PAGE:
Tag Archives: Tim Luscombe

The Turn of the Screw

reviewed at the Mercury Theatre, Colchester on 1 March

Tim Luscombe’s adaptation of Henry James’ ghost mystery novella attempts to leave the questions it poses open to whatever interpretation each member of its audience chooses to place on the characters and situations.

Director Daniel Buckroyd is thus handed a difficult task, for any staging is by its very nature a matter of definition. What we see are flesh-and-blood actors, however insubstantial or even perverse the psychology of the characters they portray.

Sara Perks’ setting offers a sequence of arches stretching back to mirror the theatre’st own proscenium. Within these there are minimal furnishings – a table, chairs, a rocking-horse, a hat-stand. Across the back, projections and Matt Leventhall’s lighting take us outside the house at Bly.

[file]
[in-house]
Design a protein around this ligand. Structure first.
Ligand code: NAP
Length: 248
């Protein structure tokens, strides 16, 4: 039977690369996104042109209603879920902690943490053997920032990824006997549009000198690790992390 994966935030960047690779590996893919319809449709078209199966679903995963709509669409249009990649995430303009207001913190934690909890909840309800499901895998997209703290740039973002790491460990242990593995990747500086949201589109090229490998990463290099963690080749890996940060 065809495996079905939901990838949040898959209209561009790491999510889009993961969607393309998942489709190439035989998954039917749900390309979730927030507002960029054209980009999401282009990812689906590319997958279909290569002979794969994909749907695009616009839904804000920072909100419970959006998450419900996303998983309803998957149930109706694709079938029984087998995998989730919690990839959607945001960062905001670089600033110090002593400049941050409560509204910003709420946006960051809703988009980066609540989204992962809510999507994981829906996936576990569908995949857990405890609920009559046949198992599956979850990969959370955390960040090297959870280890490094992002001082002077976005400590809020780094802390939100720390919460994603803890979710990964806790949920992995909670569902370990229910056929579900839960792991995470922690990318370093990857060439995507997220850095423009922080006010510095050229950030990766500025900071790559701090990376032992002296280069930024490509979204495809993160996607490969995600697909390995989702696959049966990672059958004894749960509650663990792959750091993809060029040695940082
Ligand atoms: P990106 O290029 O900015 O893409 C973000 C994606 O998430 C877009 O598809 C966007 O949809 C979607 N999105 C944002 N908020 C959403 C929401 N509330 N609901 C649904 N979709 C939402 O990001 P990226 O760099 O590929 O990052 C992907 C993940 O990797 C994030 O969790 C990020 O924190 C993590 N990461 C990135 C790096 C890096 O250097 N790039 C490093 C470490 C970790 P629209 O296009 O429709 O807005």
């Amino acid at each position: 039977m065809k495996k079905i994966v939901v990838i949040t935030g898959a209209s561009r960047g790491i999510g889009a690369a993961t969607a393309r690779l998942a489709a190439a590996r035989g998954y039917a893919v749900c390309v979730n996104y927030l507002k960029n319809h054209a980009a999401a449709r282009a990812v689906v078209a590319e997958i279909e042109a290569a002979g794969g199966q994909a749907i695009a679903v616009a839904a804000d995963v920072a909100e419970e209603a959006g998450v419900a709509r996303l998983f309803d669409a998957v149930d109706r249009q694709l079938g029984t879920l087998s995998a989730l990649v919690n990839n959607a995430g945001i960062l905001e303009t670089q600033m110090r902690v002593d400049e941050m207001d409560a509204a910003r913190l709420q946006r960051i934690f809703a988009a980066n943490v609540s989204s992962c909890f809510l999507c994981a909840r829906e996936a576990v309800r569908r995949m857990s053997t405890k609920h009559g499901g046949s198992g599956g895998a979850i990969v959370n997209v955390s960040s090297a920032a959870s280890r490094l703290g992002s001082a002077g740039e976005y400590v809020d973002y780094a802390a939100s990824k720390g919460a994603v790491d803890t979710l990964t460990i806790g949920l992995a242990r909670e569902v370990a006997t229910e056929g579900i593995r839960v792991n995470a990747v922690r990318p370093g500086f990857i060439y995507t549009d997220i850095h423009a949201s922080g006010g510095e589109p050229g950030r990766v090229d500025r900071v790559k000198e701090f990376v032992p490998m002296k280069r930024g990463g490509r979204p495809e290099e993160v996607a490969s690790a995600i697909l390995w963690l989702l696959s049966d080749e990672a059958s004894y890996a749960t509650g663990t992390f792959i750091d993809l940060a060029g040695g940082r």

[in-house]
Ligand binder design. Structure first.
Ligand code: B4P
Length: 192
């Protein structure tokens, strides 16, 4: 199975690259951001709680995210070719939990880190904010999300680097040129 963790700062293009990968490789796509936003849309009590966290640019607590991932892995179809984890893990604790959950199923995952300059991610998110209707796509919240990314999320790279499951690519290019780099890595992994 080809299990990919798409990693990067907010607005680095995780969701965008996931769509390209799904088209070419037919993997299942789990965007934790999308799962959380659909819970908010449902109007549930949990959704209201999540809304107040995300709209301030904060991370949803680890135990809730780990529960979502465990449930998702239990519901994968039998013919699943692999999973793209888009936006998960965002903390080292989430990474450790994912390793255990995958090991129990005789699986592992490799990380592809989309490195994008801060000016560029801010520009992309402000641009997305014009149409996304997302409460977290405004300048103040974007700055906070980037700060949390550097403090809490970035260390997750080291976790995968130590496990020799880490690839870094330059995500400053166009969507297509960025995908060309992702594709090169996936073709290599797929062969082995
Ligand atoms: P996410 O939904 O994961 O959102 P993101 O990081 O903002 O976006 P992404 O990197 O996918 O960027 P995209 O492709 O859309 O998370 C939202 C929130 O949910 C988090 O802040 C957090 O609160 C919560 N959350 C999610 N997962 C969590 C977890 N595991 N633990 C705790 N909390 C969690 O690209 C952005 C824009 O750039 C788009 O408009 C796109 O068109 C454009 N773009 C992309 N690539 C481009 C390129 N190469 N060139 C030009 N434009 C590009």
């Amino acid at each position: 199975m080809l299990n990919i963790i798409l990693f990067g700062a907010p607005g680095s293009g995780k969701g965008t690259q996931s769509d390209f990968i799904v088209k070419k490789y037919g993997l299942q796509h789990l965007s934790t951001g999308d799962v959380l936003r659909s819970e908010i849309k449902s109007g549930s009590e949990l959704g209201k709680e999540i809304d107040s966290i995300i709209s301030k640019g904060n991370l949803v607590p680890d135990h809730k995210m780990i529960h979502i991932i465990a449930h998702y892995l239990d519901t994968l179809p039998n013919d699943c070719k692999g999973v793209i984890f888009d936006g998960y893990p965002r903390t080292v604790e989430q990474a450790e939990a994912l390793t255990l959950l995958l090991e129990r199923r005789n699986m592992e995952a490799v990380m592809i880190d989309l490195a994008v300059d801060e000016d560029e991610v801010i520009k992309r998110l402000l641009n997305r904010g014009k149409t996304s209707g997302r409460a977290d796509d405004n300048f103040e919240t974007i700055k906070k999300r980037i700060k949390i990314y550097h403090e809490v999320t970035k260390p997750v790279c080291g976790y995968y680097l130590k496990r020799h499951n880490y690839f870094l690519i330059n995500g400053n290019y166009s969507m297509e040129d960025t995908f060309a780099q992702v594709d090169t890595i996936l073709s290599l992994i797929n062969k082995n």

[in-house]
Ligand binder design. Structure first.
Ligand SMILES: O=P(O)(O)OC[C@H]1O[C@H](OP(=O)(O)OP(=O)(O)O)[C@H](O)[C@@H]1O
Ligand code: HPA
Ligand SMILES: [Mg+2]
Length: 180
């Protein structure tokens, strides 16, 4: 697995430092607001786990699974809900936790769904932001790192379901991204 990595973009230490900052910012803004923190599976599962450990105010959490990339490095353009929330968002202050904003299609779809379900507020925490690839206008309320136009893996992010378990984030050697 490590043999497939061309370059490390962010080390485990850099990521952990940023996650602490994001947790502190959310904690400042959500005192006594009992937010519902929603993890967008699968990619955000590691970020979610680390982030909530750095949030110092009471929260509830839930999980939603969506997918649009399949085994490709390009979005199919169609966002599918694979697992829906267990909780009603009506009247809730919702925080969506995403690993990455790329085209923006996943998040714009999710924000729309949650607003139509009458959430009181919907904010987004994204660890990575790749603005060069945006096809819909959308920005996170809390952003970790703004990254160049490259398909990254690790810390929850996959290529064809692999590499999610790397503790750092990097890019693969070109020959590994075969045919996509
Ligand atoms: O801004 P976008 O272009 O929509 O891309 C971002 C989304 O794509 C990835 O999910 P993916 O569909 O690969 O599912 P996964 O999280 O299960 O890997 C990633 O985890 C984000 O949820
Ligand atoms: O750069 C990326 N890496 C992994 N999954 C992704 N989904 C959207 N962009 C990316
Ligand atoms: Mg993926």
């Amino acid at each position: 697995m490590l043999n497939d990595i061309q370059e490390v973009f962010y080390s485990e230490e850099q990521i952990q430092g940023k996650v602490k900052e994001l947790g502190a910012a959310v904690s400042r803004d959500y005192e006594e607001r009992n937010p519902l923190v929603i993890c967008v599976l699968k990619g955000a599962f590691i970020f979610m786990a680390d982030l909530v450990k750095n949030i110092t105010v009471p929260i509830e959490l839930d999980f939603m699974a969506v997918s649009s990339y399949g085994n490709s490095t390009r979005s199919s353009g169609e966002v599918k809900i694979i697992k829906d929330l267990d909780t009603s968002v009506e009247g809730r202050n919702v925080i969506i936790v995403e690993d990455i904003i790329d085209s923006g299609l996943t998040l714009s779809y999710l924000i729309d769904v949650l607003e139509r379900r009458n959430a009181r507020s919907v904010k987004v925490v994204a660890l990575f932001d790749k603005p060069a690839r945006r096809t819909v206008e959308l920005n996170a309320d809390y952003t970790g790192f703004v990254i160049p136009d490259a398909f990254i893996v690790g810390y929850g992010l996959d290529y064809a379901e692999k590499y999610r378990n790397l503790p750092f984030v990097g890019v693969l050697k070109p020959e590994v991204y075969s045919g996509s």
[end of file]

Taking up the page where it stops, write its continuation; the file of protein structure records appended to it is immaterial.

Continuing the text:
Central to the action and never off-stage is Carli Norris as the Governess. We meet her first in middle-age, apparently being interviewed by Mrs Conray (Annabel Smith) for a new post. But it her first engagement, at Bly, about which she is most pressingly questioned. Why is revealed by the disclosure that Mrs Conray is the adult Flora.

That gives Smith the opportunity, which she takes, to show us the assured matron secure in society as well as the dissatisfied girl on the cusp of womanhood. Michael Hanratty plays the man-about-town who employs the Governess, turning her head with his attentions to her as a woman while off-loading responsibility.

Hanratty also plays Miles, the young boy with an angelic face who may – or may not – have been expelled from school for good reasons. He gives us another well-contrasted dual portrait. Housekeeper Mrs Grose is played by Maggie McCarthy as a woman who does her best but ultimately has limited authority.

Always in the background – literally so in this production – are the two dead former employees, the governess Miss Jessel and the valet Peter Quint. We see them mainly as shadows, ambiguously credited in the programme as Jen Holt and Tom Macqueen. Understudy here is a word which can be taken many ways.